Antibiotic

January 11, 2011, 5:04 am
Source: USDA::NLM

Introduction

U.S. Department of Agriculture

The U.S. Department of Agriculture's Food Safety and Inspection Service (FSIS) characterizes an Antibiotic as a chemical substance produced by microorganisms—or synthetically—that inhibit the growth of, or destroy, bacteria.

Rules guiding the use of veterinary drugs and medicated animal feeds, including tolerance levels for drug residues in meats for human consumption, are set by the Center for Veterinary Medicine of the Food and Drug Administration (FDA). The Food Safety and Inspection Service (FSIS) enforces the FDA rules through a sampling and testing program that is part of its overall meat and poultry inspection program.

National Library of Medicine

caption Antibiotics may be produced in the form of pills. (Source: NLM)

Antibiotics are powerful medicines that fight bacterial infections. Used properly, antibiotics can save lives. They either kill bacteria or keep them from reproducing. Your body's natural defenses can usually take it from there.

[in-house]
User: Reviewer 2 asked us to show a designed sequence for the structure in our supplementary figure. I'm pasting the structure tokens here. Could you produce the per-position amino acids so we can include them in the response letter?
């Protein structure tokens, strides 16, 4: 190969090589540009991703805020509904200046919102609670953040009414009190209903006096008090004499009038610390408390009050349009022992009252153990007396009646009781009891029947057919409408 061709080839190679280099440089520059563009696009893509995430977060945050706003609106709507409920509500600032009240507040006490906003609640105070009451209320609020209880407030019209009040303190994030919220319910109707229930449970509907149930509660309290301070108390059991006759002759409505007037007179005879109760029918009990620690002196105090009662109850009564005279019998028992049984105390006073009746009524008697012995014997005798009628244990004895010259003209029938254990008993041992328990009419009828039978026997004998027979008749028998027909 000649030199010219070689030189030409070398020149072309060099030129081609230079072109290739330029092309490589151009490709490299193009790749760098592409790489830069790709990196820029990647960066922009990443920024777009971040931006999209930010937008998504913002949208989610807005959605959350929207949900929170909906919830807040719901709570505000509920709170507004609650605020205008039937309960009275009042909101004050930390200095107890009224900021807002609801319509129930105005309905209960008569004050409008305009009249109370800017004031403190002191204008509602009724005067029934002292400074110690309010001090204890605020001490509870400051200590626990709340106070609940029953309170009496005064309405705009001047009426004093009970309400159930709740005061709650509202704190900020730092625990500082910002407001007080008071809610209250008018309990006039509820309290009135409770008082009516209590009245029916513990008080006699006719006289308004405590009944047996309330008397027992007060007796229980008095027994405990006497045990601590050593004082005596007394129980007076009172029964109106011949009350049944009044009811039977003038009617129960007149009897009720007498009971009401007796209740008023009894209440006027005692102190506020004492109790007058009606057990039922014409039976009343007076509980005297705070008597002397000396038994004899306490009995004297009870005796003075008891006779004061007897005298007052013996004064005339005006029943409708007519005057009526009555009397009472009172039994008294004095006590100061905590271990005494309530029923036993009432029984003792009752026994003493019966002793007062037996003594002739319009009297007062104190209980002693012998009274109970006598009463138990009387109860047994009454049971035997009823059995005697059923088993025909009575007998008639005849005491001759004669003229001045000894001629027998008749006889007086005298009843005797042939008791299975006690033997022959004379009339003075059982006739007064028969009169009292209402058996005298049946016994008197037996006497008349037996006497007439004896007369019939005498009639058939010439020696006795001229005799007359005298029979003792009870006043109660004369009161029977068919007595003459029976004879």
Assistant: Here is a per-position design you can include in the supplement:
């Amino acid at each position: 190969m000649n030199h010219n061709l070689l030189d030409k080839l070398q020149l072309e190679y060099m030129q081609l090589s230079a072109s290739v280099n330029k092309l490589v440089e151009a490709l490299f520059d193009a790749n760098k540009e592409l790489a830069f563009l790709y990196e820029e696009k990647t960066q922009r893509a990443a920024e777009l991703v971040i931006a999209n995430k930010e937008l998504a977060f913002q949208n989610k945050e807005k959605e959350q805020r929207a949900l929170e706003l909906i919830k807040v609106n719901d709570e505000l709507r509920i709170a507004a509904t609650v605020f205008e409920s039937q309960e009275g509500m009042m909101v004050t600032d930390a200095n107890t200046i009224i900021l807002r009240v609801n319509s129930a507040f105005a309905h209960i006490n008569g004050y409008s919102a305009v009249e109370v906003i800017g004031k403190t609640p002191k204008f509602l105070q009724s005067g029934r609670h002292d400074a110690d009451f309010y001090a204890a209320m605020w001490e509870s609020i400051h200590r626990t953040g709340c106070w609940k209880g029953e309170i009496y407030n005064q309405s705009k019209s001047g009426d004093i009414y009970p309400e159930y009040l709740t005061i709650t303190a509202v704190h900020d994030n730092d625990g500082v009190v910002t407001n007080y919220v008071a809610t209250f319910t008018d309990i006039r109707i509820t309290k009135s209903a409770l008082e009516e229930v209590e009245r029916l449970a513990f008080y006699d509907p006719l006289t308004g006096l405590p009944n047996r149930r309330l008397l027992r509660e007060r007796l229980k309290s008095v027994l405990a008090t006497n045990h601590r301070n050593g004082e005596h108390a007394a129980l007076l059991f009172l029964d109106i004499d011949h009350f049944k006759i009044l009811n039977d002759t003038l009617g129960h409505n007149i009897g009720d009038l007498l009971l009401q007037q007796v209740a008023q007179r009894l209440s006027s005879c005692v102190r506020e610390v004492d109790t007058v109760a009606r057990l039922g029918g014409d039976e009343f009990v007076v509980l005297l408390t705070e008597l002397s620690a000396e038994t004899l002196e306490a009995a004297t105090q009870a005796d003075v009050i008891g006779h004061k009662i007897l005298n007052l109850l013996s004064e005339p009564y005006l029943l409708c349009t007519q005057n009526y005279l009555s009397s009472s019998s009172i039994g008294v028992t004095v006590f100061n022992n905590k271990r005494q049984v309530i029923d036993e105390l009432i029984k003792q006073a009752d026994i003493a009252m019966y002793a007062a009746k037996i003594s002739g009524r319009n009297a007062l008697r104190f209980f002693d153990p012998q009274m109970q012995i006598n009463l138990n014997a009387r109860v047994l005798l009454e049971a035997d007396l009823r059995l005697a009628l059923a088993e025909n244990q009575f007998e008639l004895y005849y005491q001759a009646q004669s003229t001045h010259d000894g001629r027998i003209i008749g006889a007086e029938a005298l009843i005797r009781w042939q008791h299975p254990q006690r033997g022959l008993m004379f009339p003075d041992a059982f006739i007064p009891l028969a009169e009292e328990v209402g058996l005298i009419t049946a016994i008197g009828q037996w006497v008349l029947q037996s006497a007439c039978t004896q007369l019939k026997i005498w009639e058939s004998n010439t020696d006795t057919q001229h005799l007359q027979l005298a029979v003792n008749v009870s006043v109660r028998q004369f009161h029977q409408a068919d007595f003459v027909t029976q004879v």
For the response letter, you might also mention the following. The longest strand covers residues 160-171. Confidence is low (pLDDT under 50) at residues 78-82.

Antibiotics do not fight infections caused by viruses, such as

  • Colds;
  • Flu;
  • Most coughs and bronchitis; and
  • Sore throats, unless caused by strep.

If a virus is making you sick, taking antibiotics may do more harm than good. Each time you take antibiotics, you increase the chances that bacteria in your body will be able to resist them. Later, you could get or spread an infection that those antibiotics cannot cure.

When you take antibiotics, follow the directions carefully. It is important to finish your medicine even if you feel better. Do not save antibiotics for later or use someone else's prescription.

Further Reading

Glossary

Citation

(2011). Antibiotic. Retrieved from http://www.eoearth.org/view/article/51cbecf17896bb431f68ea1e

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